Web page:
Resource revolution: Meeting the world’s energy, materials, food, and water needs

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McKinsey Global Institute

Richard Dobbs, Jeremy Oppenheim, Fraser Thompson, Marcel Brinkman, Marc Zornes

A complete rethink of resource management—a resource revolution—will be needed to keep pace with soaring demand for energy, water, food, and basic materials as up to three billion new consumers enter the middle class over the next 20 years. Without action both to expand the supply of natural resources and to achieve a step change in the way we extract and use resources—resource productivity—the global economy could enter an era of higher and volatile resource prices.

The English thinker Malthus argued in his famous Essay on the principle of population in 1798 that there was no longer sufficient land in the world to feed a rapidly growing world population, threatening poverty and famine. But an agro-industrial revolution soon transformed the economies of Europe and North America, and his fears proved unfounded.

In more recent years, the conventional wisdom has taken hold that market forces would always come to the rescue. Until ten years ago, this hope was largely fulfilled. During most of the 20th century, resource prices, whether they be food, water, energy or steel, declined despite strong growth in the world’s population and even stronger growth in GDP. This price fall was due to a combination of new low-cost sources of supply and technological innovation.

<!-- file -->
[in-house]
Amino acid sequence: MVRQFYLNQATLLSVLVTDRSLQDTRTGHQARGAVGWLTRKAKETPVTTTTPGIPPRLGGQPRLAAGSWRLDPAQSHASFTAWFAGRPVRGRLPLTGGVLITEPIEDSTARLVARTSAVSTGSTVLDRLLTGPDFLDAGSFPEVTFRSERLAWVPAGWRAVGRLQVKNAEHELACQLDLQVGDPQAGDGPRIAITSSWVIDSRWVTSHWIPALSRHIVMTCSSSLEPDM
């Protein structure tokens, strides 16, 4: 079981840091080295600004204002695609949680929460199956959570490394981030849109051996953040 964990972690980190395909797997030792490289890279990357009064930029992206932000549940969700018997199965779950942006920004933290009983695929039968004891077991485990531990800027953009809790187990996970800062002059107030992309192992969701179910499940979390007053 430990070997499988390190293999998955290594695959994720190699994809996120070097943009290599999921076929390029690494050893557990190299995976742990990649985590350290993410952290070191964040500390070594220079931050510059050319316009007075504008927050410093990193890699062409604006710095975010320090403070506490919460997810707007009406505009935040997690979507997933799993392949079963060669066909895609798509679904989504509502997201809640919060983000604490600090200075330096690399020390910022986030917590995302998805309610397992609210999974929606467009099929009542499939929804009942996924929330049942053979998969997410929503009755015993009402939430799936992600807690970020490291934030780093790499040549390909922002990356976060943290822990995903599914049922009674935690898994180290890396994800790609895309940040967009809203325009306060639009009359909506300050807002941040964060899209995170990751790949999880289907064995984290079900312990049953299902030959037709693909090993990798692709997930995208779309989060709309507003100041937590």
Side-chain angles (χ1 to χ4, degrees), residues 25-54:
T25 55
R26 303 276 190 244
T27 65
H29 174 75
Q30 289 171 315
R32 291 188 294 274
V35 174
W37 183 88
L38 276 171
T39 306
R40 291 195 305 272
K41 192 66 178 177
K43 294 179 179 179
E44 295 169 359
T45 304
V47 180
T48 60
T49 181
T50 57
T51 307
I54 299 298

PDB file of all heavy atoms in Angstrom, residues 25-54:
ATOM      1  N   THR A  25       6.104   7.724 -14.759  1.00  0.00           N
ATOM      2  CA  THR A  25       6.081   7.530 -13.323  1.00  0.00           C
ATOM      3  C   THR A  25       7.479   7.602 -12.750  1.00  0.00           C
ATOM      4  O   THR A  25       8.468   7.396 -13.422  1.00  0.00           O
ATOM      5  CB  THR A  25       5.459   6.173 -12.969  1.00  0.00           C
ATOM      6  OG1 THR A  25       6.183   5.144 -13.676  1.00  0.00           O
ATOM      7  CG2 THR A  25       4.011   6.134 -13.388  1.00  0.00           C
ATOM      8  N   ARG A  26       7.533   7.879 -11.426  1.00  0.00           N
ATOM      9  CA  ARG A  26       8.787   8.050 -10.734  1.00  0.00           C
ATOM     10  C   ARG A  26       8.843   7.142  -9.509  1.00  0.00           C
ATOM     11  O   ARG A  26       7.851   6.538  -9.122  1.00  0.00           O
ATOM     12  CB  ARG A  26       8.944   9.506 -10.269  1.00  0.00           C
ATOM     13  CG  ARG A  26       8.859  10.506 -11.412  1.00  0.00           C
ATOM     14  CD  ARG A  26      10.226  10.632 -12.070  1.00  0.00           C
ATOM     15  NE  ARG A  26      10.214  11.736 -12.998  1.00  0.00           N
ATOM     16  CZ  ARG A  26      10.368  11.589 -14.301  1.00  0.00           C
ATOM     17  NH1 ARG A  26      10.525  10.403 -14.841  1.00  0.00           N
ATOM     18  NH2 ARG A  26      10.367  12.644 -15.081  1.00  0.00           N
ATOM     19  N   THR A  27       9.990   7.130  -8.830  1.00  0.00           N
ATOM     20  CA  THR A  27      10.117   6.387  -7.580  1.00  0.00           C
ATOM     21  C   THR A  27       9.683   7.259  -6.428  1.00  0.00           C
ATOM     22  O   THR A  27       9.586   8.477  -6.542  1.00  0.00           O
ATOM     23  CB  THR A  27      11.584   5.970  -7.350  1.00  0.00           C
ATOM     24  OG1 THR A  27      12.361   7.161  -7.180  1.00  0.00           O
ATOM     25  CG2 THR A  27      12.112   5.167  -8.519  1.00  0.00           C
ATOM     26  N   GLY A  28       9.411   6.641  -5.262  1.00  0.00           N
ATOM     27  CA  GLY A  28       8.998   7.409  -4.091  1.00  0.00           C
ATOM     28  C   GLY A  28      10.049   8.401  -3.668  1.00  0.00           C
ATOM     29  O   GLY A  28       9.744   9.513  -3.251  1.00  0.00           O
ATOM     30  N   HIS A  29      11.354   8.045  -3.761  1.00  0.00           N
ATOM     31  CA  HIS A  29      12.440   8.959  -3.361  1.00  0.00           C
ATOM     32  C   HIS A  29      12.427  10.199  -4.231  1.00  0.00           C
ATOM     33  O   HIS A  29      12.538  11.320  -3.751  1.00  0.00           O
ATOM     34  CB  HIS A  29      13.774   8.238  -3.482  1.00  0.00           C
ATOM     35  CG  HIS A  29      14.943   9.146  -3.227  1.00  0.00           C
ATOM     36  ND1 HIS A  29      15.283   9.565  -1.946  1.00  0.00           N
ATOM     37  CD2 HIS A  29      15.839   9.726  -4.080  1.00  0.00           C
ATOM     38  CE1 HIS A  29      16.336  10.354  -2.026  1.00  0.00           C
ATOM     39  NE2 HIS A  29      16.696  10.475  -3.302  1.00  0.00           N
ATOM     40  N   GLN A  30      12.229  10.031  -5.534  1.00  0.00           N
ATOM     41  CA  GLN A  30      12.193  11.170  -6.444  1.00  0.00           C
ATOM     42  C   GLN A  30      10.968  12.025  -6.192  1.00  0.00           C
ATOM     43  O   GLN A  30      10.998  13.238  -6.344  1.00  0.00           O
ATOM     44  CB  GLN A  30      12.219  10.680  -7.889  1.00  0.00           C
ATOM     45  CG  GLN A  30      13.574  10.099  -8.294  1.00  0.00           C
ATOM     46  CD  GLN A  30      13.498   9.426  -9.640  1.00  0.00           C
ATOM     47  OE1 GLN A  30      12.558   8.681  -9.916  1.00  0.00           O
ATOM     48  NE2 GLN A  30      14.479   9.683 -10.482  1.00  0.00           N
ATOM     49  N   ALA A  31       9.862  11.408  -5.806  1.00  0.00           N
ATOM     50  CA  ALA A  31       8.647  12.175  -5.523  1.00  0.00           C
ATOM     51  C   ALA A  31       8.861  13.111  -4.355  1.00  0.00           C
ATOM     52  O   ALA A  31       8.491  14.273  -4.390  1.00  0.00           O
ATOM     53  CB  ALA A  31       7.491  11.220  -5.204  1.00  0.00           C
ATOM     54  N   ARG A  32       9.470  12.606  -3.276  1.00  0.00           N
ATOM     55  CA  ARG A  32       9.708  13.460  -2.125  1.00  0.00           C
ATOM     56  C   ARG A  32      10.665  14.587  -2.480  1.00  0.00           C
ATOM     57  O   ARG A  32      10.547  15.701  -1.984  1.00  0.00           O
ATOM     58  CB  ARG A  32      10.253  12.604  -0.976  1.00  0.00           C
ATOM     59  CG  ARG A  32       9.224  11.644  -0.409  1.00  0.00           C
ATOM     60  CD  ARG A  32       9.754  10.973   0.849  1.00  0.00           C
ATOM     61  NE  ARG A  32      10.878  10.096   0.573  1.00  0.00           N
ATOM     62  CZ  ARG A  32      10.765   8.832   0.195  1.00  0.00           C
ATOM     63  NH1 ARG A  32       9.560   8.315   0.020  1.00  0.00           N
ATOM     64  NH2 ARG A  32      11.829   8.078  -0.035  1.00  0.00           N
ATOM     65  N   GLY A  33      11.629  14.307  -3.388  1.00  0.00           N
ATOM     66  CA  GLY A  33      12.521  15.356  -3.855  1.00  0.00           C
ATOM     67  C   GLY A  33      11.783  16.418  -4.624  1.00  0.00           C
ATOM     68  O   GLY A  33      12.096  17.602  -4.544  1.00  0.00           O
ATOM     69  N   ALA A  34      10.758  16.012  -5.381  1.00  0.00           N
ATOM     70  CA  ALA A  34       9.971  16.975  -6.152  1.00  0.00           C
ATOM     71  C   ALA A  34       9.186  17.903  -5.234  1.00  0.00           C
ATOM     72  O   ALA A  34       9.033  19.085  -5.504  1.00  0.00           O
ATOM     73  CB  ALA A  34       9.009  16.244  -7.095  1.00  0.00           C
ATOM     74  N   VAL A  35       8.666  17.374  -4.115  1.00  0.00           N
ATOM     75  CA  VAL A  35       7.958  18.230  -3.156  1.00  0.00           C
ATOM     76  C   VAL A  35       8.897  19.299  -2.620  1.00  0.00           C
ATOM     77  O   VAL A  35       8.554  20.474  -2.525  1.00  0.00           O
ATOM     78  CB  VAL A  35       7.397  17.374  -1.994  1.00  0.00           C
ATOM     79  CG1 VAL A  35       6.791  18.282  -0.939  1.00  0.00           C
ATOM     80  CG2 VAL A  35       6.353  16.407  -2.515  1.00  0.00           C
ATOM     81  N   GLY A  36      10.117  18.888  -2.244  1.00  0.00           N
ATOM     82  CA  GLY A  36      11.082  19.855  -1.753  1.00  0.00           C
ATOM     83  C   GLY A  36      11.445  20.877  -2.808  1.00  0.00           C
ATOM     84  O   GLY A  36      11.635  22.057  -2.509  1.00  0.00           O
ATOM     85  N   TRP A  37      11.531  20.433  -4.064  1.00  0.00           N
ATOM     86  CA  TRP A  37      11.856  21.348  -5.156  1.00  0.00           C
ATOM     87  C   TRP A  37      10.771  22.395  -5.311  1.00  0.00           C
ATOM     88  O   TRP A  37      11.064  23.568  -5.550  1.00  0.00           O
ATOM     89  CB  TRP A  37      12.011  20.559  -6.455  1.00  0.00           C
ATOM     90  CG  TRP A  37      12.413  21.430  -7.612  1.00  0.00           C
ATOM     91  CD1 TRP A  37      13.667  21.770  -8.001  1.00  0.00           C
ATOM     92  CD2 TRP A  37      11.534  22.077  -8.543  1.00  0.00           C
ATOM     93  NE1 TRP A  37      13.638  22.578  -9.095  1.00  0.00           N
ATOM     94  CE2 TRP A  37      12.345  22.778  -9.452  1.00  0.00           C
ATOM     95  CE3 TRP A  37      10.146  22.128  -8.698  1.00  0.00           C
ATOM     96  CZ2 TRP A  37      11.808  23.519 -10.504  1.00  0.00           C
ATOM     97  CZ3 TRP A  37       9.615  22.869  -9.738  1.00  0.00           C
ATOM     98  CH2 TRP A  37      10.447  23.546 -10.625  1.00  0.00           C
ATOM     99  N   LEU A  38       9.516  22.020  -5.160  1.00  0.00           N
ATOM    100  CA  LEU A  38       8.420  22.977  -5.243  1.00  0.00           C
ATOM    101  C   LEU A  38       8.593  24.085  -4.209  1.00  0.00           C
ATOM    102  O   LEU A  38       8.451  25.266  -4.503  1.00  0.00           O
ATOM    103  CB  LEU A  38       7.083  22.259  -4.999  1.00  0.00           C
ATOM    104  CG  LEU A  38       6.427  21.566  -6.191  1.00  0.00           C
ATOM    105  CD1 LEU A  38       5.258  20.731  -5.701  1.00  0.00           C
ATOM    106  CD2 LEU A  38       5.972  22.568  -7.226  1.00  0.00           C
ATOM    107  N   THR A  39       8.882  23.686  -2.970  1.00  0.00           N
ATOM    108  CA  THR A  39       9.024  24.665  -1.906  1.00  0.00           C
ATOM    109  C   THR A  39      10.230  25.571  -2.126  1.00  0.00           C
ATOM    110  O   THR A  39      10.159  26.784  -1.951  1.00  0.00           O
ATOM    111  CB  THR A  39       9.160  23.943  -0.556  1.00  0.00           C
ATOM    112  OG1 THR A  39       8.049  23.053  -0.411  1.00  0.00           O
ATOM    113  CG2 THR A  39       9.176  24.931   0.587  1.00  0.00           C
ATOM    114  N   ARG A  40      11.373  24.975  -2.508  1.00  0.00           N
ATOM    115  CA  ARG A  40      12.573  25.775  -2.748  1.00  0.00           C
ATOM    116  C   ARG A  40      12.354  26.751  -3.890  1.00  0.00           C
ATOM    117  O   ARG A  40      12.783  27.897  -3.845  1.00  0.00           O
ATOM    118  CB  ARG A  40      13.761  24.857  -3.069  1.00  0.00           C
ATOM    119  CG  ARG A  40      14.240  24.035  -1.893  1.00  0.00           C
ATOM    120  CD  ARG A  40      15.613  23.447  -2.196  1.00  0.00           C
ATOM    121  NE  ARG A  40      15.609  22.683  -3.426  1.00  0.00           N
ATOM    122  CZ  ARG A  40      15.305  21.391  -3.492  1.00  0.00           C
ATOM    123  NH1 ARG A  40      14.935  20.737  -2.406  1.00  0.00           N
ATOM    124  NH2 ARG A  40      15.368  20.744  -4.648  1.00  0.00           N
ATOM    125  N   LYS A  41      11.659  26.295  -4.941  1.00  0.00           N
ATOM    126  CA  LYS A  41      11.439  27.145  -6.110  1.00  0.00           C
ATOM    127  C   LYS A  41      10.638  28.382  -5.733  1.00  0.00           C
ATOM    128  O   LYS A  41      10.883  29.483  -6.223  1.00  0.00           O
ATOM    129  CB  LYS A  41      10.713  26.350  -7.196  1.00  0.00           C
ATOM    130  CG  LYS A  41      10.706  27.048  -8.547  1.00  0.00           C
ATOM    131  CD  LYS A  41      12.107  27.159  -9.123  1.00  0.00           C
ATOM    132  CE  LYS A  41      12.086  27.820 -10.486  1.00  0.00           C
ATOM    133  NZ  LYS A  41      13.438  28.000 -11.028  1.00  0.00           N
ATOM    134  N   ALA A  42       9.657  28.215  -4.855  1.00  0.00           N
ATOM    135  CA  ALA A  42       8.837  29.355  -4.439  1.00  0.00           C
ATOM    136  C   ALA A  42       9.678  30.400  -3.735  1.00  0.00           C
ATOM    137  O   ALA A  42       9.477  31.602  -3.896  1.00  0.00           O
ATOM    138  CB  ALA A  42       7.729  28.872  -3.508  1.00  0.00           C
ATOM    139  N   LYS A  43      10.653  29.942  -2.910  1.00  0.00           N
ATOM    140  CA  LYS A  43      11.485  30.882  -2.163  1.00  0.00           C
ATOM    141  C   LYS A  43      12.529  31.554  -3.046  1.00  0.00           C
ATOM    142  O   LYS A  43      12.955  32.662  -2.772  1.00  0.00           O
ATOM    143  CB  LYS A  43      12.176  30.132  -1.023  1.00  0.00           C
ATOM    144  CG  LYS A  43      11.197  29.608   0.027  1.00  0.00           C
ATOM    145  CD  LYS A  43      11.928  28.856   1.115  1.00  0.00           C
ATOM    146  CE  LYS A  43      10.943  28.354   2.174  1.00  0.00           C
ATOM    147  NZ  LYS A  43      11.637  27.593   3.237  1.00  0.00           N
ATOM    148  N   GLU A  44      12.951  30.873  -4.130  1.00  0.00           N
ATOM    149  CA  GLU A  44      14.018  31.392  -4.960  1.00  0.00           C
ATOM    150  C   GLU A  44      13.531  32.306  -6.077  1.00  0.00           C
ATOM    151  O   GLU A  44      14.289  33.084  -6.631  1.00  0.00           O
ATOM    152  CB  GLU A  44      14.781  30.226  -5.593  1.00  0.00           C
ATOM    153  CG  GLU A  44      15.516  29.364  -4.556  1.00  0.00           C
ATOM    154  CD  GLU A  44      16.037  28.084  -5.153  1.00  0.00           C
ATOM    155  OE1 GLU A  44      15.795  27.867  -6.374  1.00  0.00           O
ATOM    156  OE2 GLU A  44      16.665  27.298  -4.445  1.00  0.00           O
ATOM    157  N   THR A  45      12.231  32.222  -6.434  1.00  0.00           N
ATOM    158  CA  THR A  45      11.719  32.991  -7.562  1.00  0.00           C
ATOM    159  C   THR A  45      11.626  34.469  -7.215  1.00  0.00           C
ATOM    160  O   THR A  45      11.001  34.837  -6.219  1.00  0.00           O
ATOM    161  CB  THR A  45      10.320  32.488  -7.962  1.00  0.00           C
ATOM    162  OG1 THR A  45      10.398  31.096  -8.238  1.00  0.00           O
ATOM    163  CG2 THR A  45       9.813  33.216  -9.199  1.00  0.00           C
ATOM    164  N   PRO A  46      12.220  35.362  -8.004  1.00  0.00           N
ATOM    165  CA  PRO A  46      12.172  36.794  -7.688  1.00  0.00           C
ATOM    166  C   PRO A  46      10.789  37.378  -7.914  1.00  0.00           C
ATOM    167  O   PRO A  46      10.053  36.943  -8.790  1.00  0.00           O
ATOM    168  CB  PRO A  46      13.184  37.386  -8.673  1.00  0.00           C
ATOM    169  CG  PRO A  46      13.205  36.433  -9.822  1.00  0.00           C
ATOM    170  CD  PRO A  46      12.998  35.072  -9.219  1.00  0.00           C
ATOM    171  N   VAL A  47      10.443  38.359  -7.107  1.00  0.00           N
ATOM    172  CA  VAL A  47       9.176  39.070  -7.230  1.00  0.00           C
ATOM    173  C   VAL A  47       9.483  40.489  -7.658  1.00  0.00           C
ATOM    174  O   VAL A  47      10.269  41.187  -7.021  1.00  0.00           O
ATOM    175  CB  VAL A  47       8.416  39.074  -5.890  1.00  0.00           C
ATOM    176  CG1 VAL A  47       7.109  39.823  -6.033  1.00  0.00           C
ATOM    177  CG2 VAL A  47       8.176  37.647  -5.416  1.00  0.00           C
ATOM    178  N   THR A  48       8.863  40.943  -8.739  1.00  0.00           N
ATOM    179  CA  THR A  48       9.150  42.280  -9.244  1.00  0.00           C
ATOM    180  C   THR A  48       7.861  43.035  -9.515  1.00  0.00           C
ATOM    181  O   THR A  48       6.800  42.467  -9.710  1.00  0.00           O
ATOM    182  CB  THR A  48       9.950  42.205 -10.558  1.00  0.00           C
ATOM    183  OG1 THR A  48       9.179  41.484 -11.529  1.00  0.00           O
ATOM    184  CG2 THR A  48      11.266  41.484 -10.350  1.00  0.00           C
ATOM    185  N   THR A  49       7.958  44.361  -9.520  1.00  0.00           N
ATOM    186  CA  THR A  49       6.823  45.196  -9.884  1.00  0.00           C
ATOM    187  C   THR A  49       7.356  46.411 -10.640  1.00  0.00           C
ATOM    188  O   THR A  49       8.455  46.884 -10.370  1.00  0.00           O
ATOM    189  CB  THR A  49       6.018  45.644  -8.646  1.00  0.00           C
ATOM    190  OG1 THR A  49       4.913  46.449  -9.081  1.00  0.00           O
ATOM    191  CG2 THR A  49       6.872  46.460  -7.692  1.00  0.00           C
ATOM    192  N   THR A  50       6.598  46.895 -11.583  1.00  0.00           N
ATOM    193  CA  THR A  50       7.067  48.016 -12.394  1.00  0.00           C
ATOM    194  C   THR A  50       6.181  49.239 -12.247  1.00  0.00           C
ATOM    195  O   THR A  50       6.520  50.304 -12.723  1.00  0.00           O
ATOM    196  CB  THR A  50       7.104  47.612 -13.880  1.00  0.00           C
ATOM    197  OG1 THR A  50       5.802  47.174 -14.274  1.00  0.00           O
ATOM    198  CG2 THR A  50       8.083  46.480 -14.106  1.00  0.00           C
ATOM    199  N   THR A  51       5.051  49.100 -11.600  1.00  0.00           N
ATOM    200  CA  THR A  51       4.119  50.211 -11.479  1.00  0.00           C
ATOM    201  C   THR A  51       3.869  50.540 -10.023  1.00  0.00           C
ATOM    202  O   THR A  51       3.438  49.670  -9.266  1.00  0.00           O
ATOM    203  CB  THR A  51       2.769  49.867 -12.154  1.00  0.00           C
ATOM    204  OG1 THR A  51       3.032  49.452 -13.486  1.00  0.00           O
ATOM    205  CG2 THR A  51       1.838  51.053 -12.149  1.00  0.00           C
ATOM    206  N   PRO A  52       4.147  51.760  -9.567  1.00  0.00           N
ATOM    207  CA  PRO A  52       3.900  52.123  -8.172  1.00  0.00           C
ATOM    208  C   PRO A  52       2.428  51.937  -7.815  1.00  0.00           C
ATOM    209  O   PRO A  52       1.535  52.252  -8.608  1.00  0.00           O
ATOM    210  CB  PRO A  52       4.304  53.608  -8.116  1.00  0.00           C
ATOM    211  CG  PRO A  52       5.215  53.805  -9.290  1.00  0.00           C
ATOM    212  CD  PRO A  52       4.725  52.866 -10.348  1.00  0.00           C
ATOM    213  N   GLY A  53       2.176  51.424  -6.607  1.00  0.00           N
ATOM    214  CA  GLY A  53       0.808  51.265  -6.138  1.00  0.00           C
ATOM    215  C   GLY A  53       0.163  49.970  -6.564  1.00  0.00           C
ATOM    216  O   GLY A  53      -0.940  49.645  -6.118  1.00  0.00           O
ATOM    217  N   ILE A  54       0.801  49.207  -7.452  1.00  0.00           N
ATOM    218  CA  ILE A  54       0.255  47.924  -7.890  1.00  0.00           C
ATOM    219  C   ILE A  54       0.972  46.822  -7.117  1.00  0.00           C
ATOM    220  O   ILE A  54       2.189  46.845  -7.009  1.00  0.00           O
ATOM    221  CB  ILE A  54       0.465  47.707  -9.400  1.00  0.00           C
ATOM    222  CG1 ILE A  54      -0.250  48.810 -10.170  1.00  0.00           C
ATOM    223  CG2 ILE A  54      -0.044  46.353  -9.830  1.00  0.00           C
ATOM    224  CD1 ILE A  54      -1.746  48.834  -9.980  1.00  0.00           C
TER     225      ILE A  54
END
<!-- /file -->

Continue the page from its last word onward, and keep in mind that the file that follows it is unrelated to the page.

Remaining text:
But in just the past ten years, demand from emerging markets, particularly in Asia, has erased all the prices declines of the previous 100. A number of factors are conspiring to create a risk that we might be entering a new era of high and volatile prices over the next two decades. Up to three billion people could join the middle class, boosting demand at a time when obtaining new resources could become more difficult and costly. The stress on the resource system is likely to be compounded by increasing links between resources that mean that price shocks in one can swiftly transmit to others. In addition,  environmental deterioration, driven by higher consumption, is making the supply of resources—particularly food—more vulnerable.